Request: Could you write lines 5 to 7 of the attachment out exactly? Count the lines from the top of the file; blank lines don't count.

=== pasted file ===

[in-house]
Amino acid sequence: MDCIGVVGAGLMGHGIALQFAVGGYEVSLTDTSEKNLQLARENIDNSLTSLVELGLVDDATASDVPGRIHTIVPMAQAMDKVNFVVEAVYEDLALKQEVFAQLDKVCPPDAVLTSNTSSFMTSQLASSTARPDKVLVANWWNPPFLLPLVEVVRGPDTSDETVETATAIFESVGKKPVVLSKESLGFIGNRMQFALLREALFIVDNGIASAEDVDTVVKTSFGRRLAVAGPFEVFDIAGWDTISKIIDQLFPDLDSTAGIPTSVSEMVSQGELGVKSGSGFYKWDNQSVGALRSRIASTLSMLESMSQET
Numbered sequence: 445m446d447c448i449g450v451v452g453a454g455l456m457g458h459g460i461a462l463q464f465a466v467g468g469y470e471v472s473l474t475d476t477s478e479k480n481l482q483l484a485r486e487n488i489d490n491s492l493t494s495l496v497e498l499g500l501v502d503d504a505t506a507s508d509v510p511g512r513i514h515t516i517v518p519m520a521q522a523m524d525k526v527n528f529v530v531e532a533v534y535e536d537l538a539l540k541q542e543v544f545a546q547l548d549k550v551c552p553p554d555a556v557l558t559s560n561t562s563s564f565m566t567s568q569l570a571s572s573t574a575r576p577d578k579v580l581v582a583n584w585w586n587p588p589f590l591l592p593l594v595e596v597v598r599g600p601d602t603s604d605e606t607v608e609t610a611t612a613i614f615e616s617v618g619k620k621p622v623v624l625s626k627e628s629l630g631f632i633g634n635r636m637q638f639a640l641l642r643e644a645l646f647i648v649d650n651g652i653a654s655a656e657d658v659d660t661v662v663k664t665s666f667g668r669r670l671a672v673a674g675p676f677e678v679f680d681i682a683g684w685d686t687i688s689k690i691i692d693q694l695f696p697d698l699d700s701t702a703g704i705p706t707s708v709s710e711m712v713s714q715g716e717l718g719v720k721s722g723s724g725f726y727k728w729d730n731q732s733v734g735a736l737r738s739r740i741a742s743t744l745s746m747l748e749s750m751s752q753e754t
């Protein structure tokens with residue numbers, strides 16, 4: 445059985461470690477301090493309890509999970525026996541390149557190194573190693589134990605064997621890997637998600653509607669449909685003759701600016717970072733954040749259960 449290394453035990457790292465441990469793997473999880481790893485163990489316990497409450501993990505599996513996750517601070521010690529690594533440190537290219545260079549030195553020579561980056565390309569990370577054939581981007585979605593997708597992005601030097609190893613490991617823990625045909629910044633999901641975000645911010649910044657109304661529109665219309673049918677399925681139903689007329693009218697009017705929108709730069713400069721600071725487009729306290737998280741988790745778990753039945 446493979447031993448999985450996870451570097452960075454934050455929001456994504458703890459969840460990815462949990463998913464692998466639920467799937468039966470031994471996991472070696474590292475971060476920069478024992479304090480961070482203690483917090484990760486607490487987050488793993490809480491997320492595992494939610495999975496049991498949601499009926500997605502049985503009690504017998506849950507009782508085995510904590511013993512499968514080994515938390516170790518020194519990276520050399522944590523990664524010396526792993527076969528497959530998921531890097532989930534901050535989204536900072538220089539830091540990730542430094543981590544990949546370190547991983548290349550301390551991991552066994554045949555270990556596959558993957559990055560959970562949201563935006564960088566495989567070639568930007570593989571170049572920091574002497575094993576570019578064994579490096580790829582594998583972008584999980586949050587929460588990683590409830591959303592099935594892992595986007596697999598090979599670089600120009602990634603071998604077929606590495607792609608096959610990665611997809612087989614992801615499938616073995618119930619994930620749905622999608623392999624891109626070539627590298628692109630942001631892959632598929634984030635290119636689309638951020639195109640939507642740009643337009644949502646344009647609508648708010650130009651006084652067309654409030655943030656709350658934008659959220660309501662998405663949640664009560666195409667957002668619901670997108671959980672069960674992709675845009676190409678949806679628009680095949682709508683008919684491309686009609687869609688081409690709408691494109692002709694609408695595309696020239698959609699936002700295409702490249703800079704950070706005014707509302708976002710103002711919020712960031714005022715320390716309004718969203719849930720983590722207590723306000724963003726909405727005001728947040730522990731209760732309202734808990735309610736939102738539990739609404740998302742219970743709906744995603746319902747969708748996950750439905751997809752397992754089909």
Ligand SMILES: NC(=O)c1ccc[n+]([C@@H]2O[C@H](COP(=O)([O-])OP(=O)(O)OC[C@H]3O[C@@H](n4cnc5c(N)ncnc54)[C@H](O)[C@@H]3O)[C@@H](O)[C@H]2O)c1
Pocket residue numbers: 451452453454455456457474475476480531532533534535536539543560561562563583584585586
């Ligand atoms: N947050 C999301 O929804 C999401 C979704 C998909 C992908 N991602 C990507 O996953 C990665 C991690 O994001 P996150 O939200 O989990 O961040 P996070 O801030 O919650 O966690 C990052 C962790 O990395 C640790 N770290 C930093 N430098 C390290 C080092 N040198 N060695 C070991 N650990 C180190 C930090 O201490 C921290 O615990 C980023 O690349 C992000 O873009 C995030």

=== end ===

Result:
Ligand SMILES: NC(=O)c1ccc[n+]([C@@H]2O[C@H](COP(=O)([O-])OP(=O)(O)OC[C@H]3O[C@@H](n4cnc5c(N)ncnc54)[C@H](O)[C@@H]3O)[C@@H](O)[C@H]2O)c1
Pocket residue numbers: 451452453454455456457474475476480531532533534535536539543560561562563583584585586
């Ligand atoms: N947050 C999301 O929804 C999401 C979704 C998909 C992908 N991602 C990507 O996953 C990665 C991690 O994001 P996150 O939200 O989990 O961040 P996070 O801030 O919650 O966690 C990052 C962790 O990395 C640790 N770290 C930093 N430098 C390290 C080092 N040198 N060695 C070991 N650990 C180190 C930090 O201490 C921290 O615990 C980023 O690349 C992000 O873009 C995030």